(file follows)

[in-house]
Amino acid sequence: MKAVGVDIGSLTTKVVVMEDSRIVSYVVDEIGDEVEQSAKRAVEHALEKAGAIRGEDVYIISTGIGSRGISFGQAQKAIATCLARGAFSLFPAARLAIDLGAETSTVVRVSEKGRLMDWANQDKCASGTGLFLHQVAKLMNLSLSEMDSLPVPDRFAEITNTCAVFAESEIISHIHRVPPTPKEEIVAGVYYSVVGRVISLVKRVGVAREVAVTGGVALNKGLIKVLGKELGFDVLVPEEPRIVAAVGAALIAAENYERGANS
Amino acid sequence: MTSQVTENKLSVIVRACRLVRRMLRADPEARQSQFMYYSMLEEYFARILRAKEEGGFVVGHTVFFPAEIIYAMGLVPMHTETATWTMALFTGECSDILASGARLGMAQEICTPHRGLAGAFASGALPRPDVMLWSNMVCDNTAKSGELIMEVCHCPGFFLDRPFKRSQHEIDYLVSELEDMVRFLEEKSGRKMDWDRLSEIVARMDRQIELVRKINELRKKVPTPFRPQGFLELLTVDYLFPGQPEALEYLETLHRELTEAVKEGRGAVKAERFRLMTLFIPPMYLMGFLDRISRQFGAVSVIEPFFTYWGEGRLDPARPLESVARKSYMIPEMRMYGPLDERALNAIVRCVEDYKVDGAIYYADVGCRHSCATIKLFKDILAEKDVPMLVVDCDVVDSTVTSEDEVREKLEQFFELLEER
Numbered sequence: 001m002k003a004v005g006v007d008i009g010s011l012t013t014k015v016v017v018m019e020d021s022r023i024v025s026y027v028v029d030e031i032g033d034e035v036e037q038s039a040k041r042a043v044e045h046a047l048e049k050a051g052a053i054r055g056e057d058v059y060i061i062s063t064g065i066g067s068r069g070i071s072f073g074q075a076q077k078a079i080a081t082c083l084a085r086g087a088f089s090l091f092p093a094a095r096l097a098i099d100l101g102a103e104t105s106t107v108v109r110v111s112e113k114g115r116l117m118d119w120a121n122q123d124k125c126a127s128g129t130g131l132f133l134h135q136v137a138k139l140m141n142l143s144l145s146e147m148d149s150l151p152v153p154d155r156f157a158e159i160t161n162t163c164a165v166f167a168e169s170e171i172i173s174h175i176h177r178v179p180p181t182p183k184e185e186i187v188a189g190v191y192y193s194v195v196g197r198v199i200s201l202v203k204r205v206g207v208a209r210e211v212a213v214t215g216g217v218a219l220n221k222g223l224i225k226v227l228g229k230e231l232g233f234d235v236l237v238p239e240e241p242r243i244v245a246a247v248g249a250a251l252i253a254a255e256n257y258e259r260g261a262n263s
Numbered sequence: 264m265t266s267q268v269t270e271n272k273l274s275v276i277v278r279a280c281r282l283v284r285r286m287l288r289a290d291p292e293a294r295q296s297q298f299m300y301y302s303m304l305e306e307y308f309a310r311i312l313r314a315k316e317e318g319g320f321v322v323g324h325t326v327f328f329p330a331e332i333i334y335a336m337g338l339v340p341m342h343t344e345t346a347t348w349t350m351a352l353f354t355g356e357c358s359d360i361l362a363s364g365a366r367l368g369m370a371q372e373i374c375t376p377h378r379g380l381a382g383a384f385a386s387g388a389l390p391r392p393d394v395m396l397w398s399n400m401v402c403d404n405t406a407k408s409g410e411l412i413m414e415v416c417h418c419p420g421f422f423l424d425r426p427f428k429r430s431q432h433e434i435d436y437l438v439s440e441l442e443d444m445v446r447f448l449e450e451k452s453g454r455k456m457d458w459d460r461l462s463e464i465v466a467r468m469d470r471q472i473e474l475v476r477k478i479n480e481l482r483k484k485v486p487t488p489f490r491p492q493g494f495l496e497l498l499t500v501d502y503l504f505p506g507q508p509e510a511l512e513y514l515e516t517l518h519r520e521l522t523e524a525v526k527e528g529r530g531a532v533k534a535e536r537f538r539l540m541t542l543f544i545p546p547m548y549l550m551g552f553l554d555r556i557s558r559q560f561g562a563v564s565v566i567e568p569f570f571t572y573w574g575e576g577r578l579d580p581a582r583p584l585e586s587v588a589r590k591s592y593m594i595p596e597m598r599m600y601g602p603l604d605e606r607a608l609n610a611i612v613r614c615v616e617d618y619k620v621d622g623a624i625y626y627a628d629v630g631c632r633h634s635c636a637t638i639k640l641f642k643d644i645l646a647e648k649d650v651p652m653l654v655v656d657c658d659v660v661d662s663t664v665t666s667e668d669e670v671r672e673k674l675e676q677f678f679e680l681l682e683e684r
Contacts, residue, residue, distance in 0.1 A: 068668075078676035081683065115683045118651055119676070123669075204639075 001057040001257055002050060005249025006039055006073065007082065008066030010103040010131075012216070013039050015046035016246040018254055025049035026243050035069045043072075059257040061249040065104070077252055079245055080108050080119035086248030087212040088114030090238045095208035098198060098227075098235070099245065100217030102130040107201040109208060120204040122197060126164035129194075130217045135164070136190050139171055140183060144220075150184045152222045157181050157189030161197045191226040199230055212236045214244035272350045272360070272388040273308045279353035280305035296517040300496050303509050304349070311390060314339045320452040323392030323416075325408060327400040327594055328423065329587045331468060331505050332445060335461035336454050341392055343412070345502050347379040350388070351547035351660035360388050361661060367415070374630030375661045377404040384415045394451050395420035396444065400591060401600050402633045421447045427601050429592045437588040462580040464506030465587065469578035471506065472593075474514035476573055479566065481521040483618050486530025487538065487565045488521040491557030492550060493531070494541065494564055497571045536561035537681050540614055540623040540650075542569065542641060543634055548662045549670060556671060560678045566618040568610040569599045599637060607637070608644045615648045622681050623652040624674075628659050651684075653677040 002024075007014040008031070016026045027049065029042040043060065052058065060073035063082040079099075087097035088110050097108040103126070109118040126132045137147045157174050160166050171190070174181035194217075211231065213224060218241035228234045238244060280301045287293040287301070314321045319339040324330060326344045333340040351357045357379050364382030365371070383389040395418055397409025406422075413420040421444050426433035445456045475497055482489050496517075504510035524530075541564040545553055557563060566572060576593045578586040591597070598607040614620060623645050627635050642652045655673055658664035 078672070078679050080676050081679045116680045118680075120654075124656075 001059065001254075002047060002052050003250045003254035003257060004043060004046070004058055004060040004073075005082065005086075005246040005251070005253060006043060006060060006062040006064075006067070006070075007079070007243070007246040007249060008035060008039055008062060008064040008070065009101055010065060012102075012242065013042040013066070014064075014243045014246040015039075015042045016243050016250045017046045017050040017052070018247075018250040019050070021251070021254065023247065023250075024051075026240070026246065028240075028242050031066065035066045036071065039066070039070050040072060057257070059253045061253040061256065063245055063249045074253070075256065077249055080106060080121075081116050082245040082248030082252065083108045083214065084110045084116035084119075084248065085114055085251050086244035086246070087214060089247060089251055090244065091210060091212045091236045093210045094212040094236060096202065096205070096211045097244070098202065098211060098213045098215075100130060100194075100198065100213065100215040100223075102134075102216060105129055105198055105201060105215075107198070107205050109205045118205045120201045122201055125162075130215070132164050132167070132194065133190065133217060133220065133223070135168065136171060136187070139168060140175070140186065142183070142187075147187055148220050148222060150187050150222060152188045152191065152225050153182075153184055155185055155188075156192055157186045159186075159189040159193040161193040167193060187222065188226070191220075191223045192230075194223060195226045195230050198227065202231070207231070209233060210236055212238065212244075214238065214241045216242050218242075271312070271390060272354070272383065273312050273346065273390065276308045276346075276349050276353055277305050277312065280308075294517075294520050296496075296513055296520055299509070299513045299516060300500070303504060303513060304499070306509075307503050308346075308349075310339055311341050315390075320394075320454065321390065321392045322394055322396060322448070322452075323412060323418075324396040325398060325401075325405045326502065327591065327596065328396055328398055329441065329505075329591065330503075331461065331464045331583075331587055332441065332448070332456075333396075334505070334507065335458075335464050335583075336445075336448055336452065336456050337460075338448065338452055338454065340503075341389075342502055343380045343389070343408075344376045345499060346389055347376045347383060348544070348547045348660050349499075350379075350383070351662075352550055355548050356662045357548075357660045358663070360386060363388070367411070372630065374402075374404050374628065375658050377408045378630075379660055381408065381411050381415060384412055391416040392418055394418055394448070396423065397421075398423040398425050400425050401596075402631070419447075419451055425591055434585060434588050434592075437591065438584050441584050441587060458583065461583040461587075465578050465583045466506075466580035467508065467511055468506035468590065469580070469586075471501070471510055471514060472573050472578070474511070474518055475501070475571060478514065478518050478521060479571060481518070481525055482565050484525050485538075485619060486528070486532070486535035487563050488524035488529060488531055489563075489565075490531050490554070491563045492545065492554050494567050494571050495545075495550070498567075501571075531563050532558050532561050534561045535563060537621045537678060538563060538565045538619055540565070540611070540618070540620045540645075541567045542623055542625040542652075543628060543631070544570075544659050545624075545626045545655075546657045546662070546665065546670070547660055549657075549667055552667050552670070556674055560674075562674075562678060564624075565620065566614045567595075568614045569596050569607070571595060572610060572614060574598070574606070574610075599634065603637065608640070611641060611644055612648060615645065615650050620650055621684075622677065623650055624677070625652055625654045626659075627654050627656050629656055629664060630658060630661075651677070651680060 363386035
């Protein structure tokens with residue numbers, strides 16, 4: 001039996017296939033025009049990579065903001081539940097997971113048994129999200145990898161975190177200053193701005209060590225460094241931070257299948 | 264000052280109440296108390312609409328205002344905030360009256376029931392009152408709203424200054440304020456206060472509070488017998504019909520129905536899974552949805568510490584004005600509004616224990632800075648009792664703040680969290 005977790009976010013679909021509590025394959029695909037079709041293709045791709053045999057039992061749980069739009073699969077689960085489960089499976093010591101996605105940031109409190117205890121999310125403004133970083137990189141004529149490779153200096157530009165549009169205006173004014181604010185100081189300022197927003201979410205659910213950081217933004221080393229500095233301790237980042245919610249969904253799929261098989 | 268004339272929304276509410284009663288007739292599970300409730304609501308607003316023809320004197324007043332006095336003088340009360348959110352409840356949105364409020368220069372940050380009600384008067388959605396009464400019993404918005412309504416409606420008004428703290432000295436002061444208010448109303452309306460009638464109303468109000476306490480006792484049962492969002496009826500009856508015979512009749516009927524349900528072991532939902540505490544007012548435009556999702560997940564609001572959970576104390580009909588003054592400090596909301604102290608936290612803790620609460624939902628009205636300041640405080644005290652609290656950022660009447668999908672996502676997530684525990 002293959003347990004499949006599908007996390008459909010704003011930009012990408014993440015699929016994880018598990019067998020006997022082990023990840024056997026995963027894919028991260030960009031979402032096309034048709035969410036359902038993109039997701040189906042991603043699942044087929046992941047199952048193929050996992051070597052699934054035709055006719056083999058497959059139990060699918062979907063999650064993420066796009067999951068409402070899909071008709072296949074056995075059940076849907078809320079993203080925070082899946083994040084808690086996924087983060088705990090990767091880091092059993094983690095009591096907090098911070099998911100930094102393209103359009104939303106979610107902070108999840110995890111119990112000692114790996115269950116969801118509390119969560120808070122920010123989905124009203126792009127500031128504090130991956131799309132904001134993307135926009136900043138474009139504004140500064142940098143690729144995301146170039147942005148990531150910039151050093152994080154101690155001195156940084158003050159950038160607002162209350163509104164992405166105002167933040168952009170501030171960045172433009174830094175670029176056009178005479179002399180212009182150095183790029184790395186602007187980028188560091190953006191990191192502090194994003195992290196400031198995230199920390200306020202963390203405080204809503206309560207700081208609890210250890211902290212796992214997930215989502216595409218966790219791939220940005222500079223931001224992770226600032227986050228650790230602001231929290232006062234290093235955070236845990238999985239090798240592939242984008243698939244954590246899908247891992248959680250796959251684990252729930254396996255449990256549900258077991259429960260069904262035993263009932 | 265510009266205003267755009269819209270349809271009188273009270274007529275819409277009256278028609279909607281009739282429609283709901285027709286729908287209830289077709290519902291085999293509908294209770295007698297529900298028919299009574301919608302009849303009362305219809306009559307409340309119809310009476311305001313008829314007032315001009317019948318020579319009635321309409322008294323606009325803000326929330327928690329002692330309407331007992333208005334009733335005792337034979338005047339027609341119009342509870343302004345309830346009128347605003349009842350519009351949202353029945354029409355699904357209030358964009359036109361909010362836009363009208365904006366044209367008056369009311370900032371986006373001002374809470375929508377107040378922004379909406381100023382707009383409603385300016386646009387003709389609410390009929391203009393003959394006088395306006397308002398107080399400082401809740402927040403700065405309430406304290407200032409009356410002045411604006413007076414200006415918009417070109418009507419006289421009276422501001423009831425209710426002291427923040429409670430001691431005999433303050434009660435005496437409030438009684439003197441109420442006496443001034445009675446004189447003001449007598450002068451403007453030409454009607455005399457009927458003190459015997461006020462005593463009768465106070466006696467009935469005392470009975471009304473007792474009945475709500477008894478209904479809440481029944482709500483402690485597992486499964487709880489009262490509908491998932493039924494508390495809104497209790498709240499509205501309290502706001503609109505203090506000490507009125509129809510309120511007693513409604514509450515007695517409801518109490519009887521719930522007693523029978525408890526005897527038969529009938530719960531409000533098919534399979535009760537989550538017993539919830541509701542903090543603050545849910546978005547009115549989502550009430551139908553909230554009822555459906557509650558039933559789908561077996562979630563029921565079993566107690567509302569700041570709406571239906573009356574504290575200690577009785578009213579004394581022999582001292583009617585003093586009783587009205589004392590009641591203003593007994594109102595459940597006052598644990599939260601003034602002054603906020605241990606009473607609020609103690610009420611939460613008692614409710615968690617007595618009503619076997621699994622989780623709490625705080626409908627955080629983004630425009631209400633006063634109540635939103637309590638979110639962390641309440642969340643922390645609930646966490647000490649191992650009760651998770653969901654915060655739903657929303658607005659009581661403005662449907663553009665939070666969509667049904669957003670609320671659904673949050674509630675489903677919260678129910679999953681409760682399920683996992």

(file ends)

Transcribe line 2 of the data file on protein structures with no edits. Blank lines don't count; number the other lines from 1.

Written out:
Amino acid sequence: MKAVGVDIGSLTTKVVVMEDSRIVSYVVDEIGDEVEQSAKRAVEHALEKAGAIRGEDVYIISTGIGSRGISFGQAQKAIATCLARGAFSLFPAARLAIDLGAETSTVVRVSEKGRLMDWANQDKCASGTGLFLHQVAKLMNLSLSEMDSLPVPDRFAEITNTCAVFAESEIISHIHRVPPTPKEEIVAGVYYSVVGRVISLVKRVGVAREVAVTGGVALNKGLIKVLGKELGFDVLVPEEPRIVAAVGAALIAAENYERGANS